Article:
Posted August 24, 2018 by Adam Ghiggino in Feature
 
 

Gamescom 2018: Fist of the North Star: Lost Paradise is Yakuza if it Was Even More Deadpan


My love for the Yakuza series has only developed in the last year, thanks to my exposure to Yakuza 60, Kiwami and Kiwami 2 (the finished review is coming soon, I promise). Fist of the North Star, on the other hand, while I am aware it’s a hugely successful franchise, is a property I have next to no knowledge of. However, after my demo at Gamescom of Fist of the North Star: Lost Paradise tooling around Eden City, it’s safe to say that I’ll be picking up this game as a gateway drug into the Fist of the North Star universe.

If you’ve played a Yakuza game before, you’ll know the gameplay style and design of Fist of the North Star: Lost Paradise. Developed by the same team, you control Kenshiro, a giant concrete wall of a man living in a post-apocalyptic future where the oceans have dried up. His love, Yuria, has been kidnapped and Kenshiro’s quest to find her leads him to Eden City, a last bastion of hope in the wilderness. You’re able to explore several areas, including Eden City, which are filled with not only missions to progress the story, but countless substory sidequests, activities and mini-games to occupy your time – only this time, it’s with a protagonist whose expression is even more deadpan than Yakuza‘s Kiryu.

Let’s get to what I really want to talk about first – the cocktail mini-game. In one of Eden’s bars, Kenshiro is able to work as a bartender, using his exceedingly masterful martial arts skills to don a tuxedo and prepare high quality cocktails for guests, who each have their own preferences (and accompanying difficulty). While the gameplay involved in making these cocktails are simple challenges, like pressing buttons in order or literally shaking the DualShock 4 like a cocktail shaker, what sells it is Kenshiro’s determination and fiery passion as he pours all his energy into making some very delicate drinks, while retaining his inscrutable hardened expression. It’s hilarious. Other side activities include a standard Coliseum mode where you can challenge stronger opponents, and a fully fledged racing mini-game, with booster pads, drifting mechanics and tournaments. Participating in side missions awards you ‘Destiny Points’ which can unlock better vendors and better equipment as you help the city of Eden improve, similar in a way to the Real Estate side-quest from Yakuza 0.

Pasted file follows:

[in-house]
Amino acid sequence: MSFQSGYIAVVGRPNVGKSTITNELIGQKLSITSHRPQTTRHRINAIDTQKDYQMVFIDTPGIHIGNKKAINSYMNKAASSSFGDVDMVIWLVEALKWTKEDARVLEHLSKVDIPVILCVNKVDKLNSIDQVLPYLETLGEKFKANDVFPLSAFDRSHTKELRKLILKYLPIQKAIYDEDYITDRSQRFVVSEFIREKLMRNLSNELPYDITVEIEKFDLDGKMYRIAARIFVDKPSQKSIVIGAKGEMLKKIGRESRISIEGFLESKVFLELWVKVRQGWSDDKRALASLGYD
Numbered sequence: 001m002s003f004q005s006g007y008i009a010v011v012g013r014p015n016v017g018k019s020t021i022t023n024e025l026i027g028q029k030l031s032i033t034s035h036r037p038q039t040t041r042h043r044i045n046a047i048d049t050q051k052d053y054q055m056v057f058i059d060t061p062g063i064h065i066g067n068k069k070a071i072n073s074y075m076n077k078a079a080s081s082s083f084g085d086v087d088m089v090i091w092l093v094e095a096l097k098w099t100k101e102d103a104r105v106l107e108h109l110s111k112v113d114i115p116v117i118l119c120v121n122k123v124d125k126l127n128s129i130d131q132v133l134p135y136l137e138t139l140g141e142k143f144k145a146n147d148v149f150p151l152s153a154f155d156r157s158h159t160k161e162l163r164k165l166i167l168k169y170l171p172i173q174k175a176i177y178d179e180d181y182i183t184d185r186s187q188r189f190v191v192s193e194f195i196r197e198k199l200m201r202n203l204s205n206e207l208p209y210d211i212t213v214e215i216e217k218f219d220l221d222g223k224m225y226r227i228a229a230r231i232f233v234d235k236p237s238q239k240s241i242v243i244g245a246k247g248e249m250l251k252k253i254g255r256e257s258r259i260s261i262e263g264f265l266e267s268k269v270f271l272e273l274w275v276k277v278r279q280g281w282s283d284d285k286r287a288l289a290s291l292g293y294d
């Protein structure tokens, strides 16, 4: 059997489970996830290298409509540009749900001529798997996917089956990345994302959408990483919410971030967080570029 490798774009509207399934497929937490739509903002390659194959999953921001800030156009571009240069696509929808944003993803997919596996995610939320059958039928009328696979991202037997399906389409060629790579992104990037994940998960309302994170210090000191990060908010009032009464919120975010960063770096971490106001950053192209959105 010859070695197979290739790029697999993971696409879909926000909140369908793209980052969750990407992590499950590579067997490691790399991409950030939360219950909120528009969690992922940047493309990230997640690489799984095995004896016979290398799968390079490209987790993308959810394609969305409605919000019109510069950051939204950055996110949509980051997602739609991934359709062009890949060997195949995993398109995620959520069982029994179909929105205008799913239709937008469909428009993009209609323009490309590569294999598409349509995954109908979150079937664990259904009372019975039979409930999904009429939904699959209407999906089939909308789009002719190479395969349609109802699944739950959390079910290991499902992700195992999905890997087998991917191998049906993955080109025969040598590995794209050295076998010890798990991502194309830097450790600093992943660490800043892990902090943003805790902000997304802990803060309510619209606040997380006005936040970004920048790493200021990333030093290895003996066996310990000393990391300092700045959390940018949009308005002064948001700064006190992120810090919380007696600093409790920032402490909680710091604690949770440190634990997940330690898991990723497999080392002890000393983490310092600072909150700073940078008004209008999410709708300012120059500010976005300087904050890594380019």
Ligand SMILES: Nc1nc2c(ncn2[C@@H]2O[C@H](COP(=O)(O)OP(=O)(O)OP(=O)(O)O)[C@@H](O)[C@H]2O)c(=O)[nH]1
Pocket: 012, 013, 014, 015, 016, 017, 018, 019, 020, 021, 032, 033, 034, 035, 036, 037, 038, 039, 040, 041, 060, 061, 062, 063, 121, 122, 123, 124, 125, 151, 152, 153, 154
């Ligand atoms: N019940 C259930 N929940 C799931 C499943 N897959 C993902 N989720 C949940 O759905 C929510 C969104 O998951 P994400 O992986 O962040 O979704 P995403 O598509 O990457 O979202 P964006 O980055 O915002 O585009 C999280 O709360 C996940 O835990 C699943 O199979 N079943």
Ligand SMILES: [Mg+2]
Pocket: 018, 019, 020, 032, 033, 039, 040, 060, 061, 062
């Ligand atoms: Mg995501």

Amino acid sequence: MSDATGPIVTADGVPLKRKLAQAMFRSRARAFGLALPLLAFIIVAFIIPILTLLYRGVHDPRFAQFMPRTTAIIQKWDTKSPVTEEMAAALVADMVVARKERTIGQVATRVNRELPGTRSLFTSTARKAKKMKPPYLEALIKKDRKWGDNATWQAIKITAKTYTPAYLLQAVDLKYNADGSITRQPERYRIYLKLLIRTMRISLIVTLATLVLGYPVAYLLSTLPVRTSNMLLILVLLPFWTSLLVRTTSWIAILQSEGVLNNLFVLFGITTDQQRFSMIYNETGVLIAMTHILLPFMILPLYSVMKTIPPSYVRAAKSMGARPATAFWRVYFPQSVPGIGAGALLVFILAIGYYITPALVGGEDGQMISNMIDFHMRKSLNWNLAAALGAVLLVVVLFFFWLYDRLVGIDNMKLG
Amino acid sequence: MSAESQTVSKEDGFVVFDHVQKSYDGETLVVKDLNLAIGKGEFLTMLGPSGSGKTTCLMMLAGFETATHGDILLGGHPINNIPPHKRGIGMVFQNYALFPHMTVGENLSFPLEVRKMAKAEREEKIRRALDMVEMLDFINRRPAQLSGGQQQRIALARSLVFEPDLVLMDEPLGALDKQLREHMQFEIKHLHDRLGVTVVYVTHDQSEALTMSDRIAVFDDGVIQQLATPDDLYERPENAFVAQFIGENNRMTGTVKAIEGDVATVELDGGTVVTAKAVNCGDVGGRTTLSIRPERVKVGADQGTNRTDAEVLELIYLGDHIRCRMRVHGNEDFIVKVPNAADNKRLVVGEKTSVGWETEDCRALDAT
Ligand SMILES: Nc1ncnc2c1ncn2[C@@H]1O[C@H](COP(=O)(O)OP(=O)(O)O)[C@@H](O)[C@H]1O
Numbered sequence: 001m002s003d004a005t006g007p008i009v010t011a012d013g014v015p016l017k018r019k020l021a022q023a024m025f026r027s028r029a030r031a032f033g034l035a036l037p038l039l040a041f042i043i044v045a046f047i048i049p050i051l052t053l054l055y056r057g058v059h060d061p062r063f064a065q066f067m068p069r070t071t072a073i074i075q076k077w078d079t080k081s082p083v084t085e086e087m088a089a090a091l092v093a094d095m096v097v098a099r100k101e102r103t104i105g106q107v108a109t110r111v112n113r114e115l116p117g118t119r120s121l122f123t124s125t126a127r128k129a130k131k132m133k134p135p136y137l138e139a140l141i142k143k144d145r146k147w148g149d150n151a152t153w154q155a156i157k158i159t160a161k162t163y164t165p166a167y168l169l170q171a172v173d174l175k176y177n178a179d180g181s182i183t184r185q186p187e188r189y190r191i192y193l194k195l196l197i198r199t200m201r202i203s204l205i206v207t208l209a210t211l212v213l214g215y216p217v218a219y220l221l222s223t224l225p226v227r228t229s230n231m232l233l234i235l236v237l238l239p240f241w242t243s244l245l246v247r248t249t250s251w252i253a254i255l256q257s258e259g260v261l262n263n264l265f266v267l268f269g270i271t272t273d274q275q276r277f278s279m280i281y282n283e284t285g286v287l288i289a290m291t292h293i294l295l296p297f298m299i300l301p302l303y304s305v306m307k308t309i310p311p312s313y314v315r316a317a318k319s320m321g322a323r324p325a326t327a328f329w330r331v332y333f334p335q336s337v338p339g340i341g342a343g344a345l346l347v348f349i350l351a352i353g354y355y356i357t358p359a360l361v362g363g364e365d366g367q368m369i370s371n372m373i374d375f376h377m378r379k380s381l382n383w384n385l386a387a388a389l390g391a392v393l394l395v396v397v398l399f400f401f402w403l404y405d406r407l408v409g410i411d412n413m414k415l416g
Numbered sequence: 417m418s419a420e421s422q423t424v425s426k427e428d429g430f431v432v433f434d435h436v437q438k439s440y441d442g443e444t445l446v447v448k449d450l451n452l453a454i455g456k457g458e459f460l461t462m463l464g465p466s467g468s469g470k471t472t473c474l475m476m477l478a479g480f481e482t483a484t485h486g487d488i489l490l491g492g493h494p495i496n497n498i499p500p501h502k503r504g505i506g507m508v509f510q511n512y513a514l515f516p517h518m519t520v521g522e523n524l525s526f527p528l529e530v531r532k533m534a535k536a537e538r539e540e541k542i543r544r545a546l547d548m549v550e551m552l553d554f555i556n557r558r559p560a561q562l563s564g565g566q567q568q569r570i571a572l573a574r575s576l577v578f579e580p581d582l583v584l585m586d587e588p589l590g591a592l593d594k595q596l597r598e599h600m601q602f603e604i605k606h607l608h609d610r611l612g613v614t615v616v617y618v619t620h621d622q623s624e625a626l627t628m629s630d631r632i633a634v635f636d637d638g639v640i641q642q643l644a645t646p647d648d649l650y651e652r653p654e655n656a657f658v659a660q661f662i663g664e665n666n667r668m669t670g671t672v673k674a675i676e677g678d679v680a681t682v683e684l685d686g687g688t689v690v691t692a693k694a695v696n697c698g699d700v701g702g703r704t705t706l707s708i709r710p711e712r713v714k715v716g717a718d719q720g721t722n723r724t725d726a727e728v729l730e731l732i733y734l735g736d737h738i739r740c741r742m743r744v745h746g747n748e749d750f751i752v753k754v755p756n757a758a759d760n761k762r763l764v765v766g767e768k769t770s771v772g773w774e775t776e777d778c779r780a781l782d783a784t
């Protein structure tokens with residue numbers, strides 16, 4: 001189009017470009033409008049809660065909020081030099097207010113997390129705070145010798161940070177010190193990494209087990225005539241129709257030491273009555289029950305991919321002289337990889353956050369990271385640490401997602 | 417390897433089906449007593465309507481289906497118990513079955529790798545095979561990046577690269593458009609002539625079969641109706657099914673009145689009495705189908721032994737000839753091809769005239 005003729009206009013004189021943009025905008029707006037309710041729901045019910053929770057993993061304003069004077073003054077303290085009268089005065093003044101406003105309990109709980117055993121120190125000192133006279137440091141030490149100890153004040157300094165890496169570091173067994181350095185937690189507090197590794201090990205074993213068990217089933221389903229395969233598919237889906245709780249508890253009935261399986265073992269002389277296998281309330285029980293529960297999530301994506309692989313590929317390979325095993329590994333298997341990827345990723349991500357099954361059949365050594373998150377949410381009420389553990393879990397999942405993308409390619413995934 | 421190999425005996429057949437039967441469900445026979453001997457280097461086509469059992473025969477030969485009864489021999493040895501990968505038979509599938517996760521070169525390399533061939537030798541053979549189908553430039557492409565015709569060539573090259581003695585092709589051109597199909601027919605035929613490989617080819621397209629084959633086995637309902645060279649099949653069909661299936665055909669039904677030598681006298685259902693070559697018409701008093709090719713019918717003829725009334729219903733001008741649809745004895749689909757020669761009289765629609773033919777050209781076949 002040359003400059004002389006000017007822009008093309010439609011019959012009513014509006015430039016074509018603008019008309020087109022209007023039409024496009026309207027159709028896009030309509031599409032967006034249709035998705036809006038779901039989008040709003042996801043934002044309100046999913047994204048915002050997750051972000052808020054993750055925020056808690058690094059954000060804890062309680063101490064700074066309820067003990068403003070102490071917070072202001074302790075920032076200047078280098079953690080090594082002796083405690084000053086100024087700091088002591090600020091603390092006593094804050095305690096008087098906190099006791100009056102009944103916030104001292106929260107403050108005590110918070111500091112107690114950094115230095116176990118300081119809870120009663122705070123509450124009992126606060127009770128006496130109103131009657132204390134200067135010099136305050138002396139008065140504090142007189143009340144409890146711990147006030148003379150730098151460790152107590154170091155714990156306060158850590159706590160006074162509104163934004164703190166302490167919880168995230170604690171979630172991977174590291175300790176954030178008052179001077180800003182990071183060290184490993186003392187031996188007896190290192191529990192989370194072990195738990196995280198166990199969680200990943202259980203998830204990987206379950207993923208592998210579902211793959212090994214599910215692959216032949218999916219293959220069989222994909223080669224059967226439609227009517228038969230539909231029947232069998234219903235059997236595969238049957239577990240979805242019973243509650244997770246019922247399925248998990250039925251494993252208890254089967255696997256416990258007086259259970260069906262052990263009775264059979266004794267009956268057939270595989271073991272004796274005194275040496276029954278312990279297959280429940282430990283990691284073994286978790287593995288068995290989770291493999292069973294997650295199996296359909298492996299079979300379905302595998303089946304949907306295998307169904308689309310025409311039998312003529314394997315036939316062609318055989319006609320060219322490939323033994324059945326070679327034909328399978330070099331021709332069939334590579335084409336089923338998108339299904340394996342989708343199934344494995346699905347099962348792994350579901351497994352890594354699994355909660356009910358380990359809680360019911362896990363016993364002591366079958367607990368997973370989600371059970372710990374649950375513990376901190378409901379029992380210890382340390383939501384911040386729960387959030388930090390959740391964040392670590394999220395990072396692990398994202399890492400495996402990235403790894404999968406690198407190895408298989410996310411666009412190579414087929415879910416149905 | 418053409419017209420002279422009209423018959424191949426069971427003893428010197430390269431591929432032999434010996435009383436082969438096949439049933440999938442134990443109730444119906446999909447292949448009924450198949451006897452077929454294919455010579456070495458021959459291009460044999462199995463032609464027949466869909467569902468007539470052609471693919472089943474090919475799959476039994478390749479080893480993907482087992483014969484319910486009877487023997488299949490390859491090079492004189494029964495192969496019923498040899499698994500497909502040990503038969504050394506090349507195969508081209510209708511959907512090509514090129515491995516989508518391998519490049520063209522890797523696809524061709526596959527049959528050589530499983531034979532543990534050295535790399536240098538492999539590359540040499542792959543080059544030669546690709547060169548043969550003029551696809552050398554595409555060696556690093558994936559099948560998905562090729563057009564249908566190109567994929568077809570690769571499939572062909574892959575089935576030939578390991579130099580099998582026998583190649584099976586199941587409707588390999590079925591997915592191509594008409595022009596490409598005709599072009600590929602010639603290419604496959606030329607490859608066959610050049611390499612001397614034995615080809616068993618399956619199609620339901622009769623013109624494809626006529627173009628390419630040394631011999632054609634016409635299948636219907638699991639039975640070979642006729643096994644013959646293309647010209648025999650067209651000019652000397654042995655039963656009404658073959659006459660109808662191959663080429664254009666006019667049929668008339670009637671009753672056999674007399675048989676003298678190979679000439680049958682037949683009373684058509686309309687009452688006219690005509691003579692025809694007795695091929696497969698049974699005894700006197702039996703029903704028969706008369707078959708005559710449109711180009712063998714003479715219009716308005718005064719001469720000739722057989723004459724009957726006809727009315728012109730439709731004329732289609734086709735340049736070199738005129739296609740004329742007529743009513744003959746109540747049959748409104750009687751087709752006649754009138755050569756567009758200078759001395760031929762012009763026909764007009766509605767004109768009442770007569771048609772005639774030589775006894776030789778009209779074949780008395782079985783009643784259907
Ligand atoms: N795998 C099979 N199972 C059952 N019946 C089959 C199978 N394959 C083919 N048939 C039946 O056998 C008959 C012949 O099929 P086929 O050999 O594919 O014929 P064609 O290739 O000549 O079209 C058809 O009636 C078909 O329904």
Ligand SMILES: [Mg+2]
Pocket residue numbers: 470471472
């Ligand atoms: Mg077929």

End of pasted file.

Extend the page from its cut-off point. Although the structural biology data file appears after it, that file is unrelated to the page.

Of course, Kenshiro is renowned for his Hokuto Shinken techniques (even I, with my limited FOTNS knowledge, know that), which have been integrated into the usual Yakuza beat-em-up system. While light and heavy attacks remain, a new stun mechanic lets you use the Circle button to knock enemies into a stunned state where Kenshiro can pull out his Hokuto Shinken, similar to Heat Actions. Essentially, Kenshiro is able to strike certain pressure points on an enemy in such a way that they literally swell up and explode in a shower of gore. Since this makes taking out the rank-and-file goons easier, fights have been scaled up to include a lot more enemies on-screen for Kenshiro to deal with. Enemies can also drop weapons, sometimes even the literal words out of their mouth, which Kenshiro can pick up like a giant sign and use to beat them over the head.

Fist of the North Star: Lost Paradise runs smoothly and has an attractive cel-shaded art style that replicates the source material. However, it is running on a modified version of a slightly older engine, used for Yakuza 0 and Kiwami rather than the Dragon Engine used for Kiwami 2 and Yakuza 6. Consequently the way substories appear and some mechanics work is remarkably similar to those games, although levelling up stats is quite different, with four coloured grids Kenshiro can fill out for different abilities.

There’s plenty of awesome weirdness to be found in Fist of the North Star: Lost Paradise, not only thanks to to the developers, but the sterling job done by the translators, as the game will offer both English and Japanese voice options. They’ve even snuck in a Seinfeld reference or two. Check it all out for yourself when Fist of the North Star: Lost Paradise releases on 2 October.


Adam Ghiggino

 
Owner, Executive Editor of Rocket Chainsaw. I also edit TV, films and make average pancakes.